Chapter

Constancy and Discontinuity of Structures

Paul U. Unschuld

in What Is Medicine?

Published by University of California Press

Published in print September 2009 | ISBN: 9780520257658
Published online May 2012 | e-ISBN: 9780520944701 | DOI: http://dx.doi.org/10.1525/california/9780520257658.003.0041
Constancy and Discontinuity of Structures

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This chapter looks at how things continued in China after antiquity. The Han dynasty existed at almost the same time as the Roman Empire but it fell in the early third century. The Han Empire broke up in China but the resulting individual parts basically continued the same culture that had served as the foundation for the Han dynasty. It would continue until the beginning of the twentieth century. Northern people of the steppe, nomads, repeatedly managed to conquer a China that was no longer militarily fit and to set up their own dynasties. But each time, the foreign rulers eventually became even more Chinese than the Chinese themselves. Confucianism, Daoism, and Buddhism, in all their more or less profound reformulations and conceptual extensions, always oriented themselves toward their roots. The Mongolian rule from the thirteenth into the fourteenth century and the following Ming and Qing dynasties were markedly more autocratic than earlier eras.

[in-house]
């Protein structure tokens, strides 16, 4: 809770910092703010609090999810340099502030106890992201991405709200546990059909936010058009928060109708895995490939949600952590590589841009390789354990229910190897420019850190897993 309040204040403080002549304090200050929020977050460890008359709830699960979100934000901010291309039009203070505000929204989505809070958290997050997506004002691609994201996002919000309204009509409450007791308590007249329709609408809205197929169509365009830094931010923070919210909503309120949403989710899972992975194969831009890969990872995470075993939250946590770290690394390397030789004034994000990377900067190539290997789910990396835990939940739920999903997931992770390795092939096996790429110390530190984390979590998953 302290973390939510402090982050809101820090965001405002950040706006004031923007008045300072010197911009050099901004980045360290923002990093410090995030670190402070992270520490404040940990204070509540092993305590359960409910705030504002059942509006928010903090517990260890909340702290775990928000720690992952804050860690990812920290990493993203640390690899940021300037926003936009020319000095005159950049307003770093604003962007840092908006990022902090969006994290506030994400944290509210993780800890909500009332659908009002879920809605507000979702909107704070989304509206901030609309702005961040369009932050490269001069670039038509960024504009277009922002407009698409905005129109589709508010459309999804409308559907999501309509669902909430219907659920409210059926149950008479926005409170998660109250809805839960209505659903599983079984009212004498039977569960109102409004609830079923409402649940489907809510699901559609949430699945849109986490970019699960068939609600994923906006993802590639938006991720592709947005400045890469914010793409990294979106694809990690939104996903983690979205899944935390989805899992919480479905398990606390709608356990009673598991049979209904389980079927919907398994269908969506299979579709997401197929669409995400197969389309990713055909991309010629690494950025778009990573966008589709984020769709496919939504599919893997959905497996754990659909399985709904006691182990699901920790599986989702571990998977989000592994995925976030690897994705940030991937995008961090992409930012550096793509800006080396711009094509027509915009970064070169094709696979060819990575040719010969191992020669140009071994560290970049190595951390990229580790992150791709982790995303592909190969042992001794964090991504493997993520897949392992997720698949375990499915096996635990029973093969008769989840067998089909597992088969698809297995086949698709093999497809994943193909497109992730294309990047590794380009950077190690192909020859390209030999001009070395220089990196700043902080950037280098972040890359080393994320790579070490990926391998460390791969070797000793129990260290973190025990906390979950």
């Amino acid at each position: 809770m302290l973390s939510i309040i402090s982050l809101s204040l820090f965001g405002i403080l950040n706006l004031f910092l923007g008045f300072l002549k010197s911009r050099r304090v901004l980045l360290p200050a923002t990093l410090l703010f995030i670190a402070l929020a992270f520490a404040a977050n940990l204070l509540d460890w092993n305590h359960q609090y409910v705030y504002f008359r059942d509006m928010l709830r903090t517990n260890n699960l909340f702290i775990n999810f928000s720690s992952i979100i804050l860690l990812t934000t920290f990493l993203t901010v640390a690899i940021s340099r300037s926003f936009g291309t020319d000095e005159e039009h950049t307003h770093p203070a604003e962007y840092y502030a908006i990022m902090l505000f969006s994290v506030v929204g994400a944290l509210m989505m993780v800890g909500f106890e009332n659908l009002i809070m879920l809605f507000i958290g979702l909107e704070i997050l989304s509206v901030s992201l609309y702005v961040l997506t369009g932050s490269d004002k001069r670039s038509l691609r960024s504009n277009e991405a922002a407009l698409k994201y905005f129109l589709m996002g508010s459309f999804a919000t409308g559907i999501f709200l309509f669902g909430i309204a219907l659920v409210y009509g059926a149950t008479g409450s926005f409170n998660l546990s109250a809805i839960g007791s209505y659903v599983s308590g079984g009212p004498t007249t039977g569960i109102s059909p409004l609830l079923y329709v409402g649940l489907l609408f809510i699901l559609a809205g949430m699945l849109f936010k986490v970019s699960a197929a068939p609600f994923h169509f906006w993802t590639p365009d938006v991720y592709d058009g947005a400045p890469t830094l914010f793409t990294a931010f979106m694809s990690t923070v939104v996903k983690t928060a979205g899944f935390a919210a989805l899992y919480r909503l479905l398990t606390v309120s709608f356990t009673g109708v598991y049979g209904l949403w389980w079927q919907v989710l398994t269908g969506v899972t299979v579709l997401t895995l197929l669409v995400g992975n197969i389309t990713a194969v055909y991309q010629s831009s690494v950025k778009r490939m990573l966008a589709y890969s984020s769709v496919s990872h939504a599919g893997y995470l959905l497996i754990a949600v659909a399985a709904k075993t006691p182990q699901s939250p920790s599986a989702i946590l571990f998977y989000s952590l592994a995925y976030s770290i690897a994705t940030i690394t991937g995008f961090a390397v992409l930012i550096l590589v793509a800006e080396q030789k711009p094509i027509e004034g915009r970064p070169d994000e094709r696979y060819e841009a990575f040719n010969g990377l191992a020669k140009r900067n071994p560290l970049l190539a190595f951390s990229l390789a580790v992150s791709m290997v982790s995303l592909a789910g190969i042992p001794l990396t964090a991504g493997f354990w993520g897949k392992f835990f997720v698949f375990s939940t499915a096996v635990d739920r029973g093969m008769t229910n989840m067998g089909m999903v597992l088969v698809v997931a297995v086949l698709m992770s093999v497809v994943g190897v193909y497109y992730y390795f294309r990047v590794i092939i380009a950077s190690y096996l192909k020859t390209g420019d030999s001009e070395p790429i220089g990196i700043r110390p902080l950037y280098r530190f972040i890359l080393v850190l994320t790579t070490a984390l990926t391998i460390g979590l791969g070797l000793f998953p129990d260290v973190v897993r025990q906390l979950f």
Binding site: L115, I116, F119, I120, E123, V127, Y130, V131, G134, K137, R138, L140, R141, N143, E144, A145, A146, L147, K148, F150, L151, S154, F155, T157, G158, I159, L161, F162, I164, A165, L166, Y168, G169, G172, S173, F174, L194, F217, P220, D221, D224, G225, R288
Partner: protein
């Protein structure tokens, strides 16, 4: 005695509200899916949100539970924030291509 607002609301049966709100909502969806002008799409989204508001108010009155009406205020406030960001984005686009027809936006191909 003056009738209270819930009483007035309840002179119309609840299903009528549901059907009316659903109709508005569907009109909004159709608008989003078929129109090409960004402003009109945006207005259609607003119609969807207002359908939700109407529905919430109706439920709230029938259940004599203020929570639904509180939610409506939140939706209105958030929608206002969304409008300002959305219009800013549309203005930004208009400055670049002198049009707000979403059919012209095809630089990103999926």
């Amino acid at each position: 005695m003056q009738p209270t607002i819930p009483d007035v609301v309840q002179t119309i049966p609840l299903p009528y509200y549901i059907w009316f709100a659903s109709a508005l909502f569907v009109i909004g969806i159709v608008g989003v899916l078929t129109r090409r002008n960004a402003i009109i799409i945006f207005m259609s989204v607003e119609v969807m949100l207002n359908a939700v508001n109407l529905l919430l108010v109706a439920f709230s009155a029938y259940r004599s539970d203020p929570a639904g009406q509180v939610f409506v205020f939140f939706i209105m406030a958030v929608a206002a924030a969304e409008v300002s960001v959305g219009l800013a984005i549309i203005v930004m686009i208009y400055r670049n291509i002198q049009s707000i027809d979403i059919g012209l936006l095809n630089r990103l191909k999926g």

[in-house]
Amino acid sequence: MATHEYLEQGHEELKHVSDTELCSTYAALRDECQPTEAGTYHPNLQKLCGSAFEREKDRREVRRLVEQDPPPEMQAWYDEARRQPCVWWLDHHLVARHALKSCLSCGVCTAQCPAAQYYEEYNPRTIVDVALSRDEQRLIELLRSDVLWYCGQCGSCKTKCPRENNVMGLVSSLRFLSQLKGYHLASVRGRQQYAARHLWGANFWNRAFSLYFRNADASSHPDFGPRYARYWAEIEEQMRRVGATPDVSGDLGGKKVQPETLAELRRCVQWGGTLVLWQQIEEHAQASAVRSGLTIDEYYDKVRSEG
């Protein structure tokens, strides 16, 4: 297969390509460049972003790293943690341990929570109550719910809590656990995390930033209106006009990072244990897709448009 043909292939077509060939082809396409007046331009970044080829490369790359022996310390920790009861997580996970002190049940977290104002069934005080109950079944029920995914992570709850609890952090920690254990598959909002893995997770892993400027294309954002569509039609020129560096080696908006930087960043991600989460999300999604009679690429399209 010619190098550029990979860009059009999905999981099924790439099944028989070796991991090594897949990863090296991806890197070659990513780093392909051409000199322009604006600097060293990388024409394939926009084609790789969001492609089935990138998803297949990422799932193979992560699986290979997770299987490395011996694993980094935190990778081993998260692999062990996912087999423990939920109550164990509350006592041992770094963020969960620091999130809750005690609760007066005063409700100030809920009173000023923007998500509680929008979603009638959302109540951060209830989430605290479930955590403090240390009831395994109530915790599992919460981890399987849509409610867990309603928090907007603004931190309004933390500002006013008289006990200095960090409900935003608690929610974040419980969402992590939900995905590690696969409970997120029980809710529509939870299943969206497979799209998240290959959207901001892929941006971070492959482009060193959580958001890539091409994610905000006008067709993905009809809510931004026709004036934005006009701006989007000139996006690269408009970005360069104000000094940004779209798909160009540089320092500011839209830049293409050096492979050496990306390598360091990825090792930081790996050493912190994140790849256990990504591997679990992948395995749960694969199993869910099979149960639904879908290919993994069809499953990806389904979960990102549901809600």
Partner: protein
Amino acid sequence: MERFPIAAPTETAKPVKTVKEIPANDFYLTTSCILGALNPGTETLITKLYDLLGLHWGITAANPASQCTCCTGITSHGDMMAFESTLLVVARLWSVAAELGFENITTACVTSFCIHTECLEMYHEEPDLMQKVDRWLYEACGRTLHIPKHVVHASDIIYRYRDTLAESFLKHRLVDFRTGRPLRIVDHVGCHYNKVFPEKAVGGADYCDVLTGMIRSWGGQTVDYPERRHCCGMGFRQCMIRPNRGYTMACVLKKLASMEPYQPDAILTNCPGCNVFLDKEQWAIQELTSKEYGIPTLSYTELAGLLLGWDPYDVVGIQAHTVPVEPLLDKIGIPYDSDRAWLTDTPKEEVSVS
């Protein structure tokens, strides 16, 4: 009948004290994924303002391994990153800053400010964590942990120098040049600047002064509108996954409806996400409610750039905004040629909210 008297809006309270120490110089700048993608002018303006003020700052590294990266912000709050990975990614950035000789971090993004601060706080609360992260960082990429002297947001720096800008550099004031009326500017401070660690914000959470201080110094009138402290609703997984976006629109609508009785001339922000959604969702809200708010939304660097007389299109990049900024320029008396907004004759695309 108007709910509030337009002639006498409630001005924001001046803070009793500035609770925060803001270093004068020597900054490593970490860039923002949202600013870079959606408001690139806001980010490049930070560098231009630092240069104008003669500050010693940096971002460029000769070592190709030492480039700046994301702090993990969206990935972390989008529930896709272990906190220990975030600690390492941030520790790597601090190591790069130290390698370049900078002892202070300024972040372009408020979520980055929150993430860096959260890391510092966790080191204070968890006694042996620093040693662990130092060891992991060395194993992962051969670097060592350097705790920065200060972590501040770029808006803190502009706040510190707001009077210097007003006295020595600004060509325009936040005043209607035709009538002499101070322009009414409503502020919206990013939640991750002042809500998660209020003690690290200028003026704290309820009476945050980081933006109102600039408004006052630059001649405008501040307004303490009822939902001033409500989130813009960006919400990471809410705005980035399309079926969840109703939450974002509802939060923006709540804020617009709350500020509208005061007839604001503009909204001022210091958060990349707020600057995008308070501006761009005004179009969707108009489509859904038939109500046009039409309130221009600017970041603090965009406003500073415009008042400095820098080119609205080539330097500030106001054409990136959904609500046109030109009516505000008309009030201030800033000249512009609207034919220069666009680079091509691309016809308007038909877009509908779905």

Keywords: Han dynasty; Roman Empire; Buddhism; Daoism; Mongolian rule; Qing dynasties

Chapter.  838 words. 

Subjects: Medical Anthropology

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